I love a setting that comes alive! My favourite thing is to draw maps, be they of the Kingdom, the world or even just a city. That’s me – I love maps. What I focus on though is culture. For “Necromancer” for example: Why was the city built here? What is the weather like? That determines the types of buildings they have. Who lives in it, what races? How are they governed? What are the exports and imports of the city? How do people travel? Horses, carts, flying creatures, magic? What do they eat and drink? Do they worship Gods? Every city has low-life and slum areas, so what are they like? What peculiar customs are there, like greeting someone? What laws? And so on. It’s so much fun layering up all this in the context of the story(s) I want to tell. Then I have to resist dumping all this super information into the book, but instead dribble it in bit by bit, adding flavour to my characters and plot. You can see why I say that I “engineer” worlds. 🙂

That’s definitely my focus as well when I do world building. History and culture. I can spend ages exploring my fantasy worlds through stories, but then, I’d probably end up boring my readers. 😉

Now please do tell us what Necromancer is about and where people can find it!


Perhaps I can cheat and include the book’s blurb?

A primeval fiend is loose in the ancient metropolis of Malkandrah, intent on burning it to a wasteland. The city’s leaders stand idly by and the sorcerers that once protected the people are long gone.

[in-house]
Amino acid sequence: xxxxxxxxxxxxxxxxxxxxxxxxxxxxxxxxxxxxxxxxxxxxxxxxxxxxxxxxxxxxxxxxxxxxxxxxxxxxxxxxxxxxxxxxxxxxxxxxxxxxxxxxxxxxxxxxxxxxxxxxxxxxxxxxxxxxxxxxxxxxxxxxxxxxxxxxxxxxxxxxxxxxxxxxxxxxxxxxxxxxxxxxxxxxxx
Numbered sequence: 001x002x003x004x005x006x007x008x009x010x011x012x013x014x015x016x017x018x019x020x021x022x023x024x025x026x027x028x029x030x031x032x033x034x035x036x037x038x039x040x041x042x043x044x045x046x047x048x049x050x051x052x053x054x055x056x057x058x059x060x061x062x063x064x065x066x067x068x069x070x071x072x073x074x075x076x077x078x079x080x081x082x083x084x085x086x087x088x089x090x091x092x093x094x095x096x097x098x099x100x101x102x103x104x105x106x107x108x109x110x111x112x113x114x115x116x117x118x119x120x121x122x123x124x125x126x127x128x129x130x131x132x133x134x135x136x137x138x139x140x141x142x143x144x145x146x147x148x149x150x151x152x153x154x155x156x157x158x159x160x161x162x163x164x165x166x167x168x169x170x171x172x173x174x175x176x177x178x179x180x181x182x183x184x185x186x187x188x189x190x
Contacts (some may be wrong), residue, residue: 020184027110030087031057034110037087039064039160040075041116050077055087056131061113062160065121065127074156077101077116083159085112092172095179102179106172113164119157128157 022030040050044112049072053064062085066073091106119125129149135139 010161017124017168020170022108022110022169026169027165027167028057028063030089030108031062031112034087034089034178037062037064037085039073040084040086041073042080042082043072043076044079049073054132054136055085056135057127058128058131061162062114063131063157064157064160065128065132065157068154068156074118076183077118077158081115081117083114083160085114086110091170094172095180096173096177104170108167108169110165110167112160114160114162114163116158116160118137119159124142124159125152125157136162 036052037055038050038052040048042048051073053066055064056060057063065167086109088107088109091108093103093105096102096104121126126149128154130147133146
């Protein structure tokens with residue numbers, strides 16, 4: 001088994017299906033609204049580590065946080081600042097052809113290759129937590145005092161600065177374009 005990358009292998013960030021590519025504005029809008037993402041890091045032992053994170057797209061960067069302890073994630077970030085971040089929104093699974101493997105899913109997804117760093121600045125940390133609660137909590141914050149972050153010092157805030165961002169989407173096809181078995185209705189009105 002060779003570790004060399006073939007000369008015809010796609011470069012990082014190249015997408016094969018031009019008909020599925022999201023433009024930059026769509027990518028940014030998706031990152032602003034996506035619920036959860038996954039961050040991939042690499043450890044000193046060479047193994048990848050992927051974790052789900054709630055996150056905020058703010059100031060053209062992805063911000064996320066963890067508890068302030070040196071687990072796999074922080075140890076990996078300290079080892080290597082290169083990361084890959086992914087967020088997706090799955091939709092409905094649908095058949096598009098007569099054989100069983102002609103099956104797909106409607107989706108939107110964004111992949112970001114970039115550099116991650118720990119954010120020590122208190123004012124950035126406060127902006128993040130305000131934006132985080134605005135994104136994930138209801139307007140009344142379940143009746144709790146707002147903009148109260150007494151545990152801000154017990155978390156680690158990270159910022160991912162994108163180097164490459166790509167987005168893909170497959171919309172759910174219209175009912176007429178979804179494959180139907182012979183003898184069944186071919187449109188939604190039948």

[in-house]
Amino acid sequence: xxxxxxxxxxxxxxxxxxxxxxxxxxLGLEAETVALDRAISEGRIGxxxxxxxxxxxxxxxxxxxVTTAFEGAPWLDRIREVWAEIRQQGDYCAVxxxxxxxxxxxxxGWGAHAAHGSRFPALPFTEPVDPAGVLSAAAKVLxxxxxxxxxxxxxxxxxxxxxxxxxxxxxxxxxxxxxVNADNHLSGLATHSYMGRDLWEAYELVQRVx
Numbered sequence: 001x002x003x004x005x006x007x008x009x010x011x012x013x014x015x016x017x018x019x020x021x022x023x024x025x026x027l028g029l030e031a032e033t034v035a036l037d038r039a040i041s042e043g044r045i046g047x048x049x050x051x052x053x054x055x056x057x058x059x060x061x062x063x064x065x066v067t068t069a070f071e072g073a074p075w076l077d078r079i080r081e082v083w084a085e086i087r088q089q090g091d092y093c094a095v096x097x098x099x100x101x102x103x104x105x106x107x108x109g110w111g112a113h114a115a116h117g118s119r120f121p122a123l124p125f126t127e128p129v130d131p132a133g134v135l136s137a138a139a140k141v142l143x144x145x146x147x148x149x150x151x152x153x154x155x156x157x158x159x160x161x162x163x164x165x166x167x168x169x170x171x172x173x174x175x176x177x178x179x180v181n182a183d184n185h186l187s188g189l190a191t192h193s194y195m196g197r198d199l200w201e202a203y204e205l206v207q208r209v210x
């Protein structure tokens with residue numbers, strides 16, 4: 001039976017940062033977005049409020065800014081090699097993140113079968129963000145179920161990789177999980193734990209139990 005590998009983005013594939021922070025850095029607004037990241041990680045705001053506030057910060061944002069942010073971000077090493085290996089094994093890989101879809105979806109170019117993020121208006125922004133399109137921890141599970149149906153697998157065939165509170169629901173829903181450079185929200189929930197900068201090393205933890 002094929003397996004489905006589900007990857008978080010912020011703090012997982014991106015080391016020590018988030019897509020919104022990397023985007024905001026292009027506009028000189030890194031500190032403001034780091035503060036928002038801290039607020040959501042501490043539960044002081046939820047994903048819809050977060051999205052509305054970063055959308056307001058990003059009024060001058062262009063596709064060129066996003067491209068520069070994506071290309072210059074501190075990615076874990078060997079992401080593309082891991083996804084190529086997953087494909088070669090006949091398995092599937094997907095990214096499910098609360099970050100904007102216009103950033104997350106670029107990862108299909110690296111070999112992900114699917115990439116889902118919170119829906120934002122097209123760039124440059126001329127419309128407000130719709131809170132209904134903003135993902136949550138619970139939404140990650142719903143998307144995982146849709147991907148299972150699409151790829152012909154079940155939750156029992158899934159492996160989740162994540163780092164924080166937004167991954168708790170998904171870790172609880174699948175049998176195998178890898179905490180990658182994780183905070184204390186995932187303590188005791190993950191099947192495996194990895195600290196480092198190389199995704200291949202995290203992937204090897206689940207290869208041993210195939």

Maldren, a young necromancer, is the only person brave enough to stand against the creature. Instead of help from the Masters of his Guild, he is given a new apprentice. Why now, and why a girl? As they unravel the clues to defeating the fiend, they discover a secret society holding the future of the city in its grip. After betrayals and attempts on his life, Maldren has reason to suspect everyone he thought a friend, even the girl.
His last hope lies in an alliance with a depraved and murderous ghost, but how can he trust it? Its sinister past is intertwined in the lives of everyone he holds dear.
Can only evil defeat evil?

It has a host of nasty creatures lurking in and below the streets of the city. Being a Necromancer certainly is a dangerous job! But it’s not all grim – there’s some romance in there too. It’s out from August 23rd on all ebook formats and paperback. Just check your preferred online retailer.

Great! Let’s finish up with something positive. What’s the best piece of writing advice you have for new writers?